Teradata 14 supports virtual partitions that will enable administrators to assign service levels within service levels, giving, say, 60% of capacity to a division in Germany and 40% to a unit in the U.K., and then certain CPU and I/O levels to specific departments, functions, or queries within those offices.
Teradata already had the ability to move "hot" frequently accessed data to cache or fast disks and "cold" infrequently-accessed data to slower disks. The database upgrade adds a Compress on Cold feature that automatically applies appropriate levels of compression based on the same hot/cold analysis. Little-used data will be compressed at up to a 5-to-1 ratio to maximize available storage space.
New temporal capabilities will help global organizations recognize variations in business calendars from country to country. If a work week technically begins on Sunday in one country and Monday in another, this feature lets companies time-specify the data they analyze from those countries when they're trying to analyze weekly payroll or inventory, for example.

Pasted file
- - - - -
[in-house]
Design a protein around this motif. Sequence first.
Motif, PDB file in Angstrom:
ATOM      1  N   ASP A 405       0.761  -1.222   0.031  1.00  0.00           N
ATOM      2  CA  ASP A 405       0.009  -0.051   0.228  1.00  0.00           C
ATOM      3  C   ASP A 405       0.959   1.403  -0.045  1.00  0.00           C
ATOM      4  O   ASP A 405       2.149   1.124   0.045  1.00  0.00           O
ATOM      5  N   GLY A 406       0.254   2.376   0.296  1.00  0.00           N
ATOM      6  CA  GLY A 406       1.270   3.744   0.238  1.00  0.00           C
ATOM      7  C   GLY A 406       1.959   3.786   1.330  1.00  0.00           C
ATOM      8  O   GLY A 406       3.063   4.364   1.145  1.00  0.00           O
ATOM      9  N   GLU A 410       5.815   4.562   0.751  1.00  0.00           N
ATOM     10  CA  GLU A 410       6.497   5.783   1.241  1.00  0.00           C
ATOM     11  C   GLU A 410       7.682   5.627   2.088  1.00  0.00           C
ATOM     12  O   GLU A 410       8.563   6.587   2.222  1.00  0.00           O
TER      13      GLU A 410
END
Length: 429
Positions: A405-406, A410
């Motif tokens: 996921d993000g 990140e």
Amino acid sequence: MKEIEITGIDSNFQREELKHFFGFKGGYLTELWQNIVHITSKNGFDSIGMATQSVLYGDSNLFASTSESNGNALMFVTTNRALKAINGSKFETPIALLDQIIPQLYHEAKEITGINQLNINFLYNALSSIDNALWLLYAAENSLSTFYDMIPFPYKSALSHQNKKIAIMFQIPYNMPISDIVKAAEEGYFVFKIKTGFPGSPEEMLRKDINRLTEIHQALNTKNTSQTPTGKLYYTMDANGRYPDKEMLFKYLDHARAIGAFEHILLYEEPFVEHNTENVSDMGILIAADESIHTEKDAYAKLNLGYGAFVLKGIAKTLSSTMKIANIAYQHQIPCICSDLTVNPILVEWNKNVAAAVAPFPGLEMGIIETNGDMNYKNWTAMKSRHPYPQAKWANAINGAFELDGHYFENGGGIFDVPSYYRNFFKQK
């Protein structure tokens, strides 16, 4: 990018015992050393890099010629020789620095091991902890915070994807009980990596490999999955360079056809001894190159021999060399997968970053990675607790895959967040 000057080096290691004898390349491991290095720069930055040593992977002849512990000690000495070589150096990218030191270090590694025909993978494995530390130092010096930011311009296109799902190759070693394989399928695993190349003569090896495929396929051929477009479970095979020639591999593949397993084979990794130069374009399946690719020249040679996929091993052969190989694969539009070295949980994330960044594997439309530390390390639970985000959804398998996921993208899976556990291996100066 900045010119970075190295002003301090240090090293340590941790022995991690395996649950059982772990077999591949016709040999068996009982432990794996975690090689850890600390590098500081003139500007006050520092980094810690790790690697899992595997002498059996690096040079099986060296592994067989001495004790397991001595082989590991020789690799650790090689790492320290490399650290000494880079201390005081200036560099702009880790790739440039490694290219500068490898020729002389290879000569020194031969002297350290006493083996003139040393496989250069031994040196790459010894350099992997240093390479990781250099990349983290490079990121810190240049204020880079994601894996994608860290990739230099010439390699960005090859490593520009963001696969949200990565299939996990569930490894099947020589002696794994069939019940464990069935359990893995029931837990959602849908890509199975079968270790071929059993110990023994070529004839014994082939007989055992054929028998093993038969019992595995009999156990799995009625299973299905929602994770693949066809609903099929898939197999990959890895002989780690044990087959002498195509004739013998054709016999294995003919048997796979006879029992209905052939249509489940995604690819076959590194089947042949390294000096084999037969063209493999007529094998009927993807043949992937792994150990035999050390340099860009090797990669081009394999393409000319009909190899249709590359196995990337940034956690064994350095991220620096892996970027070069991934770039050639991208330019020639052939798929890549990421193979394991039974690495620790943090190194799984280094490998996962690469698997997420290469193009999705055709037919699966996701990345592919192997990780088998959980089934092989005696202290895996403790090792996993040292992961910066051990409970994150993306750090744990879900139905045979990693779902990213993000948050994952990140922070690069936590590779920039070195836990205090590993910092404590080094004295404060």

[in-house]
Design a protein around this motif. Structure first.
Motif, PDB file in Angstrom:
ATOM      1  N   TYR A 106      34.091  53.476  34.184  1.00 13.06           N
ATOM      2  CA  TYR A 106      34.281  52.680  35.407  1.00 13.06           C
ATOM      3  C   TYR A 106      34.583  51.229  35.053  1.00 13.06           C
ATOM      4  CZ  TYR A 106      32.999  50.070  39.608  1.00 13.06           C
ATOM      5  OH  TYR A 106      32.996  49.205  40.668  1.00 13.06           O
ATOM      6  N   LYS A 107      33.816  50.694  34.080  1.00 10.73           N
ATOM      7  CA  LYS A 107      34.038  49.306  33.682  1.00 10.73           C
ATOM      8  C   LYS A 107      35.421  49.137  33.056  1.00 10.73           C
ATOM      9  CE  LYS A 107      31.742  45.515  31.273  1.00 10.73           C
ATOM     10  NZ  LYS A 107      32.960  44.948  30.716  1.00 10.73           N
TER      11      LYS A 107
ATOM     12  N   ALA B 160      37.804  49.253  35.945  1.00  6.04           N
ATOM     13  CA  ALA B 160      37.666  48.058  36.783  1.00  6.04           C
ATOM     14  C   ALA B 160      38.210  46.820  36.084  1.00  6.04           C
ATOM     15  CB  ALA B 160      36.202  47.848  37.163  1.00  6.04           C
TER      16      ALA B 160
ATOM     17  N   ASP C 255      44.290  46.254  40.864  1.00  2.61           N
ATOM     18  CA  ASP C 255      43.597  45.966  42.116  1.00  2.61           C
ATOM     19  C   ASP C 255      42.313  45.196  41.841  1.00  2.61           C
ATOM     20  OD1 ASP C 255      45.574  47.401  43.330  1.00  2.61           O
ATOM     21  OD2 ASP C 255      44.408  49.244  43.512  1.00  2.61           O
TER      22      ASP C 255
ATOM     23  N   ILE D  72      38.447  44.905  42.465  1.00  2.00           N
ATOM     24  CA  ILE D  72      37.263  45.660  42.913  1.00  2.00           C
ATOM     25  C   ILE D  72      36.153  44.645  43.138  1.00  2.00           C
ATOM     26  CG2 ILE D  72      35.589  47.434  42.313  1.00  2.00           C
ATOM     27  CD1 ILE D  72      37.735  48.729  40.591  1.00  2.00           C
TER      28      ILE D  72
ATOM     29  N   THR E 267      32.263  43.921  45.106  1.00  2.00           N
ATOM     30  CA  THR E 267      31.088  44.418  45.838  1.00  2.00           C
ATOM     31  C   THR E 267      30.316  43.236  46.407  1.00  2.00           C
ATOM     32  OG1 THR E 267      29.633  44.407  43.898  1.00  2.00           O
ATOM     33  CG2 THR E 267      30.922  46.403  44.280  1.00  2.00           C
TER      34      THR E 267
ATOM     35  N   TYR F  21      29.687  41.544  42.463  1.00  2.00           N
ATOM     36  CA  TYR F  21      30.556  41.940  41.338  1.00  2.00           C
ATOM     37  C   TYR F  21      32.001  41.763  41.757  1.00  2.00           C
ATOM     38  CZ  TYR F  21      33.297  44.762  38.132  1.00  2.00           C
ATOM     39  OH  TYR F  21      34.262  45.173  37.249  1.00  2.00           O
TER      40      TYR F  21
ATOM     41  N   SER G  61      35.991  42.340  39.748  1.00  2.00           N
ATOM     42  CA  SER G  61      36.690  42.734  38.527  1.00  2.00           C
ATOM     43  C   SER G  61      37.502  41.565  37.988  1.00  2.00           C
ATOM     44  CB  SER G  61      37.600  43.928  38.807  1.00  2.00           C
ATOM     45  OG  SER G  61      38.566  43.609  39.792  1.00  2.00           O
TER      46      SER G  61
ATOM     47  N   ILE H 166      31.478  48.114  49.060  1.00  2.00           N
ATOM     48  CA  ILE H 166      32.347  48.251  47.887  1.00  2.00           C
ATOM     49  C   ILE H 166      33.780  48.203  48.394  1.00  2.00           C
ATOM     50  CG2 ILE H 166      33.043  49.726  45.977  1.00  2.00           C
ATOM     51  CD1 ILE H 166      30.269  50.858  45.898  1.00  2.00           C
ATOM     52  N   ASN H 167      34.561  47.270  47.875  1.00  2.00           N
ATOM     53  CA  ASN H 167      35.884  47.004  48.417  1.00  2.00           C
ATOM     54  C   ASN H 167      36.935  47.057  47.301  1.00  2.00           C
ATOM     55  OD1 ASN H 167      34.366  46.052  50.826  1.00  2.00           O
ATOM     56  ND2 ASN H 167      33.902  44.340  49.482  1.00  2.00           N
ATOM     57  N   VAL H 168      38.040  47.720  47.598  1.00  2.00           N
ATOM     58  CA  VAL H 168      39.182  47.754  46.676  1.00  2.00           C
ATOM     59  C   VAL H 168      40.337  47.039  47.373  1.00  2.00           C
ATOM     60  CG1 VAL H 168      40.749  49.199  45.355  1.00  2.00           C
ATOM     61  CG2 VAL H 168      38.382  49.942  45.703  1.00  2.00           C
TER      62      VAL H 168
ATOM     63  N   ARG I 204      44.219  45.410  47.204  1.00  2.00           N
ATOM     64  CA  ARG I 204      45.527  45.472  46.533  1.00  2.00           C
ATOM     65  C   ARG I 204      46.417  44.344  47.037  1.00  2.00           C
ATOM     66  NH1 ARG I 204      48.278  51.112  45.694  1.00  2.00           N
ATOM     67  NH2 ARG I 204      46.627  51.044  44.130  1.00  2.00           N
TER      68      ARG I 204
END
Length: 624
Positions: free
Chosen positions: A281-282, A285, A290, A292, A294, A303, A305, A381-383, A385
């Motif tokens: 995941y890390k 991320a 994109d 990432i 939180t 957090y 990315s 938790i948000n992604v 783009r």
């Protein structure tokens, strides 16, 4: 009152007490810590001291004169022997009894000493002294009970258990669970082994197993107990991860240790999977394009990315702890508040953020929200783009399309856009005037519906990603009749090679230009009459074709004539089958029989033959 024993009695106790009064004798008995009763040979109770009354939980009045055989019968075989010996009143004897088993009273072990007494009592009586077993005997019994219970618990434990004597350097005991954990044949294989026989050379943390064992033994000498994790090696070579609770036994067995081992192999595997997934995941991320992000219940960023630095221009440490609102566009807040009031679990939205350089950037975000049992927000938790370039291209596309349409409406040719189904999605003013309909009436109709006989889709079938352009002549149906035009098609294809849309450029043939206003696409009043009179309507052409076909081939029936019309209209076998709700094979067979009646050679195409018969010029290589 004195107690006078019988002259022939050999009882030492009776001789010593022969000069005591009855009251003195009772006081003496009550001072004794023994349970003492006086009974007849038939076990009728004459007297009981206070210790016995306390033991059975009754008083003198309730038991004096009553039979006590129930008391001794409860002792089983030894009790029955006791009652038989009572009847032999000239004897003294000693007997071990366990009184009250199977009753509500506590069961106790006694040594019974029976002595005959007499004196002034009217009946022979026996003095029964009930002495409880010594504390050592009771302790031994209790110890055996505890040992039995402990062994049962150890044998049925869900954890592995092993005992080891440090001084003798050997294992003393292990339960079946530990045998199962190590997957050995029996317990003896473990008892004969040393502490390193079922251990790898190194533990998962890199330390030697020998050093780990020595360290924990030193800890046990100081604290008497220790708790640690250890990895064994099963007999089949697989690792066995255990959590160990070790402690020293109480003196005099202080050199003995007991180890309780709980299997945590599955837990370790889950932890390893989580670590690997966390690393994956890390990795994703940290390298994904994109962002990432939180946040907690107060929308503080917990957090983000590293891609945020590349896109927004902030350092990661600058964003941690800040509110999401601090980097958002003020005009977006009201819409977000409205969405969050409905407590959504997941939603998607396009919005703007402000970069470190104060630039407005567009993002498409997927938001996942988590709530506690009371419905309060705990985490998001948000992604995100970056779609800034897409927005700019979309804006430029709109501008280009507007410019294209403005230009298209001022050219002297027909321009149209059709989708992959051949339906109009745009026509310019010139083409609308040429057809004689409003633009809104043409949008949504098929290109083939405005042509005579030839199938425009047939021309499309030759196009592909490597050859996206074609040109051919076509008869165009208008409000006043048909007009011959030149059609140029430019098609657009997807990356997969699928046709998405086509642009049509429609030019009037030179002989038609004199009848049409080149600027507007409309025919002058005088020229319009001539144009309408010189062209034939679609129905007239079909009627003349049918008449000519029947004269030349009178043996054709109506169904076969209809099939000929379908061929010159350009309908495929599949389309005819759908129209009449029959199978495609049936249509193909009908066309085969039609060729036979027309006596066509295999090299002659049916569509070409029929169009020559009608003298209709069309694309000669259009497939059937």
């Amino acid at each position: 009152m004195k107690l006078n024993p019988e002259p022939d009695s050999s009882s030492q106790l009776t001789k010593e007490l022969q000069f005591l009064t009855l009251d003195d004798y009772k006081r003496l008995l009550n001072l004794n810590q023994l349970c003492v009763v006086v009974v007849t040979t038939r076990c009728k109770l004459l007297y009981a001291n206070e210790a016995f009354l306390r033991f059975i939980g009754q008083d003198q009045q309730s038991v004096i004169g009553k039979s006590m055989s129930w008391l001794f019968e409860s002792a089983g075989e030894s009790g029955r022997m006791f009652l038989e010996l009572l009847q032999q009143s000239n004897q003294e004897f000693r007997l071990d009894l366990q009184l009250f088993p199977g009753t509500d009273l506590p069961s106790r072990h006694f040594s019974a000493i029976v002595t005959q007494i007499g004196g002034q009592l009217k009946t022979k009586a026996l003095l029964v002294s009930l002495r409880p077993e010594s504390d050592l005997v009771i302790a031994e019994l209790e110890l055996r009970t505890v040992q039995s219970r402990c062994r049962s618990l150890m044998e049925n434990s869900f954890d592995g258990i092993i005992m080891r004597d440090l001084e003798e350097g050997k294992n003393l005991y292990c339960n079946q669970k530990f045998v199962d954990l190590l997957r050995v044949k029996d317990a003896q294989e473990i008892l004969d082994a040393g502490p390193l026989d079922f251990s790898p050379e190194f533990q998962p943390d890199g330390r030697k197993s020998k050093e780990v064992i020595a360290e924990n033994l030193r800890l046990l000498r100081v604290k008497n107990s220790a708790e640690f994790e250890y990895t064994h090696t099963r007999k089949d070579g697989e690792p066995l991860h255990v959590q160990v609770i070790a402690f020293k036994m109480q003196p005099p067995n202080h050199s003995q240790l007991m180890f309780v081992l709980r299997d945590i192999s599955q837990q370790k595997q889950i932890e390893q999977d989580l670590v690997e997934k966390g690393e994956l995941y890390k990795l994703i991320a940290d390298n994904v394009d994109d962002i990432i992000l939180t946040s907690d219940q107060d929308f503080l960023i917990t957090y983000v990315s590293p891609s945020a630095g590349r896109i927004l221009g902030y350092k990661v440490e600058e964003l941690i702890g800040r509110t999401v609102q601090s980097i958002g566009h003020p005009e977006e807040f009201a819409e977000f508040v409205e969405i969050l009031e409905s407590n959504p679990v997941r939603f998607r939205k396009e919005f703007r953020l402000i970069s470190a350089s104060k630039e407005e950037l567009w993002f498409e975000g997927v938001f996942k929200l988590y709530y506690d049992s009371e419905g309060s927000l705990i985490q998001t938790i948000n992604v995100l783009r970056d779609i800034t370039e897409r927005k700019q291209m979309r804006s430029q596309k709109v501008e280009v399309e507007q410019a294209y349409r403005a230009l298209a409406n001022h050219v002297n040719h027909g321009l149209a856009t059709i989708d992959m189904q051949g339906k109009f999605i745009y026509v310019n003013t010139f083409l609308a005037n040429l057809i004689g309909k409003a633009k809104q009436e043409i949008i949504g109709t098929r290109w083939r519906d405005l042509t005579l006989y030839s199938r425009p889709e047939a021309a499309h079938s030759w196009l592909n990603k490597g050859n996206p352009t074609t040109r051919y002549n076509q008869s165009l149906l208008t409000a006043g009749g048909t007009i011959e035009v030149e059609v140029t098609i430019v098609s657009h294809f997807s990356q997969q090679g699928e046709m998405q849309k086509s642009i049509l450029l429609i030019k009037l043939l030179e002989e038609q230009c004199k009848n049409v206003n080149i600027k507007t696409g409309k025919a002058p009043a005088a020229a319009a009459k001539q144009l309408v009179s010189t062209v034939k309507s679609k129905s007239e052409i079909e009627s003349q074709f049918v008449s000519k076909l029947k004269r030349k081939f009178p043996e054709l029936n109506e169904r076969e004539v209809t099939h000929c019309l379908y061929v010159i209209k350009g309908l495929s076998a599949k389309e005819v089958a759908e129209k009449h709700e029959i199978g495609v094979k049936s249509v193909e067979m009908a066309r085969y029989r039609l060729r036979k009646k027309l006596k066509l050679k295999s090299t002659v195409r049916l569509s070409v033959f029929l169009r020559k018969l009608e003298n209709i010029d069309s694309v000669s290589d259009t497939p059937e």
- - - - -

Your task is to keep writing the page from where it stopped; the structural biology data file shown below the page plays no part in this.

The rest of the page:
With these latest moves, Teradata continues to keep some distance between itself and the rest of the data warehousing pack in terms of advanced features and the size and influence of its customer base. The Aster Data acquisition has brought the company into an emerging market where it had yet to make significant inroads.
EMC and IBM Netezza continue to be Teradata's closest competitors, and EMC in particular seems intent on matching or besting it in advanced areas such as in-database analytics and multi-structured data analysis.
As for Oracle, this week's release of the Oracle Database Appliance underscores that vendor's focus on mainstream database uses. It has yet to show interest in anything other than structured data or to show off anything close to a 100-terabyte league (let alone petabyte-league) customer deployment of Exadata. That leaves lots of room for Teradata and others at the top of the market.